The Two Gentlemen of Verona

William Shakespeare
Grosvenor Park Open Air Theatre

Fred Lancaster as Turio and Harry Livingstone as Proteus Credit: Mark Carline
Hatty Preston as Silvia nand Fred Lancaster as Turio foreground, cast as waiters i background Credit: Mark Carline

The last of the three productions to be premièred in Grosvenor Park this summer is the play generally believed to be Shakespeare’s first.

Artistic Director Alex Clifton directs and he skilfully moves the narrative from a Verona which is transformed to an English seaside town to the suave sophistication of modern Milan and the wilderness of the forest. Oh, and a dog appears to steal the hearts of the audience. Throw in the most gorgeous of afternoons and the idyllic setting and the recipe for success is complete.

The central theme of the play, love and friendship, is underpinned by some strong performances led by Harry Livingstone’s Proteus and Pippa Moss’s Julia. Despite being in love with Julia, Proteus follows his best friend Valentine to Milan where things start to become very complicated.

The Milan Proteus finds, and where he falls in love with Silvia who is also the object of Valentine’s affections, is a brilliantly portrayed vibrant and chic centre of fashion. Valentine is about to discover that Dr Hook was never more right than when he sang “When you’re in love with a beautiful woman, you watch your friends” as Proteus proceeds to set about winning the hand of Silvia.

While we may not be treated to the sight of ‘Silvia’s Mother’, we are left in no doubt that her father, The Duke of Milan, is also the Main Man and Ben Tolley is pitch-perfect as the patrician Don who suspects a blossoming romance between Valentine and Silvia and so keeps her locked, Rapunzel-like, in her tower. The antics of Robert Willoughby as Valentine, as he tries to conceal the rope ladder with which he plans to spring Silvia, have the audience in stitches, and blushes in the case of one lady.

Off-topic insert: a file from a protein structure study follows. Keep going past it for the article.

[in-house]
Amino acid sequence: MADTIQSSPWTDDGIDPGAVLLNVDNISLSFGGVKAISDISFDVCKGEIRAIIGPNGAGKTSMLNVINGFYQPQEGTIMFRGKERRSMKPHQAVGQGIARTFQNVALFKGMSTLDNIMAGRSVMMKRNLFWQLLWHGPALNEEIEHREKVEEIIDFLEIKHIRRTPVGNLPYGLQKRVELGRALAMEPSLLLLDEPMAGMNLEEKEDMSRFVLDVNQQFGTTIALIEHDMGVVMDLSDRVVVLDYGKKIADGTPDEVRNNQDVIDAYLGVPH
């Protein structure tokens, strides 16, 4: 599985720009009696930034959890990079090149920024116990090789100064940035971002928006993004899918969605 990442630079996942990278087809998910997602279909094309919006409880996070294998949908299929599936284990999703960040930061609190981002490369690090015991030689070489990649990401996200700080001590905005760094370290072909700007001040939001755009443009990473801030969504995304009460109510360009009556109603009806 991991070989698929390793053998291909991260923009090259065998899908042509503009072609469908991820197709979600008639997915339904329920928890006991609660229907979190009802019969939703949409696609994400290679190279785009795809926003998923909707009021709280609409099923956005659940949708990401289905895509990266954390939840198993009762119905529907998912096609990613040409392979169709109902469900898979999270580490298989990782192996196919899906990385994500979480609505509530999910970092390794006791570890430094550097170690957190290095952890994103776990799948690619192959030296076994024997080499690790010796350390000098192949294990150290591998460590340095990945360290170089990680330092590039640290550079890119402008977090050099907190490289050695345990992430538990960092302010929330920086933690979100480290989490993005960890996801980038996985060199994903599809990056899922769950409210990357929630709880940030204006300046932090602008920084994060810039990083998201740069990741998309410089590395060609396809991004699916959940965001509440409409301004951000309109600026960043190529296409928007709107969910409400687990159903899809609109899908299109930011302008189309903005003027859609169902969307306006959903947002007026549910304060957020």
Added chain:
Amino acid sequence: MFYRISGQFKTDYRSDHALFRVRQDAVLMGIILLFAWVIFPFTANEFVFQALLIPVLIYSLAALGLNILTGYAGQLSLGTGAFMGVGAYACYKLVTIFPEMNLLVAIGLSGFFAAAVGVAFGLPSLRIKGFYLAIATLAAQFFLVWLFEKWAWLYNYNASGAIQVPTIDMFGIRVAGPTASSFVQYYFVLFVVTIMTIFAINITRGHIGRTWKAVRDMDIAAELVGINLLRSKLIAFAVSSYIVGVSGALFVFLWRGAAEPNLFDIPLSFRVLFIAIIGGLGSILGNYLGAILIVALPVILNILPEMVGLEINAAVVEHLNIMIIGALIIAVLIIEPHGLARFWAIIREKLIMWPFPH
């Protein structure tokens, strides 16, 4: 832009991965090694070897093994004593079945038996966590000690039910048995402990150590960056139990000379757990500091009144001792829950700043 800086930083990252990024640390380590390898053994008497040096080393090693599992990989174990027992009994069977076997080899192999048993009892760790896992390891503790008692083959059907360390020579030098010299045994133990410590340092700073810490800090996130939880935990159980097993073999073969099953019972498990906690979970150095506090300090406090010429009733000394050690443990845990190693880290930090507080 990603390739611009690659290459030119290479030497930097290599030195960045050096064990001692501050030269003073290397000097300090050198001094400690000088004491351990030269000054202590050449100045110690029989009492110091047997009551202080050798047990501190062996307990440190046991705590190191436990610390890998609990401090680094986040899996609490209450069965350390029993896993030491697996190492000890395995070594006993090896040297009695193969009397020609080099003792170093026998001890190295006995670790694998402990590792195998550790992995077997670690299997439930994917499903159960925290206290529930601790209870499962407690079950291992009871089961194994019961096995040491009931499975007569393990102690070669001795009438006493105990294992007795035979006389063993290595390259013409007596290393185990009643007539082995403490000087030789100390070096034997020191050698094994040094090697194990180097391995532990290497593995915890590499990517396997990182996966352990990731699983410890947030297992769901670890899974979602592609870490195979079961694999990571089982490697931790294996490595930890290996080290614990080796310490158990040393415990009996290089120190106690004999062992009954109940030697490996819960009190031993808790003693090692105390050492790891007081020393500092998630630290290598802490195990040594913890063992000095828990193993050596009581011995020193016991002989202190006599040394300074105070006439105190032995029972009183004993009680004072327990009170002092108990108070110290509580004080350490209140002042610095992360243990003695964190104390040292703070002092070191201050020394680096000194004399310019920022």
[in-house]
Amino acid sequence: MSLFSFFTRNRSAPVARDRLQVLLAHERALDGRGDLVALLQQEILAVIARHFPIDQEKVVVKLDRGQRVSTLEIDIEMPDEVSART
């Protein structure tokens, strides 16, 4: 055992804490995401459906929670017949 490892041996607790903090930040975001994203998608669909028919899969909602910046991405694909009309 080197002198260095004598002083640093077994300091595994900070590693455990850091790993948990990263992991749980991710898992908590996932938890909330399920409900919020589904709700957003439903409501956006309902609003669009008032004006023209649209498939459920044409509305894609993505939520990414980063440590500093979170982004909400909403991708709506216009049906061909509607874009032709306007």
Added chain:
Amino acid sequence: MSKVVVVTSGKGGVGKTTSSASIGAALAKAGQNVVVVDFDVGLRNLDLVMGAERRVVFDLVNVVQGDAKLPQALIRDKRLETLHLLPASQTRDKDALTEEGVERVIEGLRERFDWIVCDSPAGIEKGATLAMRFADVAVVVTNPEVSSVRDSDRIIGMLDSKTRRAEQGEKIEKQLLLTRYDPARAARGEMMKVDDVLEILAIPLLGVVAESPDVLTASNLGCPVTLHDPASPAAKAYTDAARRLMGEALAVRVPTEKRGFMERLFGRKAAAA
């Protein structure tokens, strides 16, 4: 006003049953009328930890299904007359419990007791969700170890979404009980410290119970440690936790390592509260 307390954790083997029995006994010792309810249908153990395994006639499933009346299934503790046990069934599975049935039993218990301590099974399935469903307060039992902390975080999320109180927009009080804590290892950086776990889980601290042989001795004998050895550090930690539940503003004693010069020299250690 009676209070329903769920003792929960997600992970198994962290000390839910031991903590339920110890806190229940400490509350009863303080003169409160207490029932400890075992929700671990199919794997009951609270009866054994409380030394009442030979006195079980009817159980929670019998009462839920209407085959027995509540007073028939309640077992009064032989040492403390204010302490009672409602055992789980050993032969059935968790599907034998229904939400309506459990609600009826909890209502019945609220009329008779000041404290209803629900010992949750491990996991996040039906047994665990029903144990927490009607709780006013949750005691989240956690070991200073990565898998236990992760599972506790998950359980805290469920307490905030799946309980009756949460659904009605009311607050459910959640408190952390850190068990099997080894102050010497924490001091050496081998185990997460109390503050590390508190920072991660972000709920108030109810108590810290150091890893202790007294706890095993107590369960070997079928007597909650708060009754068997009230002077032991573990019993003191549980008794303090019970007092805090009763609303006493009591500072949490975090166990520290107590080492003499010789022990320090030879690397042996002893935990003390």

The reason for his concern? None other than Fred Lancaster’s excellent Turio, a hapless, wannabe ‘King of Cool’ and the person who The Duke wants to marry Silvia. Turio’s every entrance is a well-choreographed treat accompanied by a team of waiters to whom you really wouldn’t want to complain about the food. However, all is not what it seems and Turio, who has been unable to win the heart of Silvia, gladly accepts Proteus’s offer of help to woo her which leads to a hilarious balcony scene, and some very dodgy doggerel.

Proteus has already made his position clear when he states, “in love, who respects friend?” This makes Hatty Preston’s Silvia’s disdainful dismissal of his advances all the sweeter and ensures that she, alongside the thoroughly modern Julia, are the performance’s dominant characters. However, special mention must go to Danielle Henry who is a ball of energy as Speed and to Johnson Willis as Launce and of course Rubie as his dog Crab who was available to meet her adoring fans as they left.

Grosvenor Park Open Air Theatre has been another resounding success this year and has left a larder full of memories to sustain us through darker hours.

Reviewer: Dave Jennings

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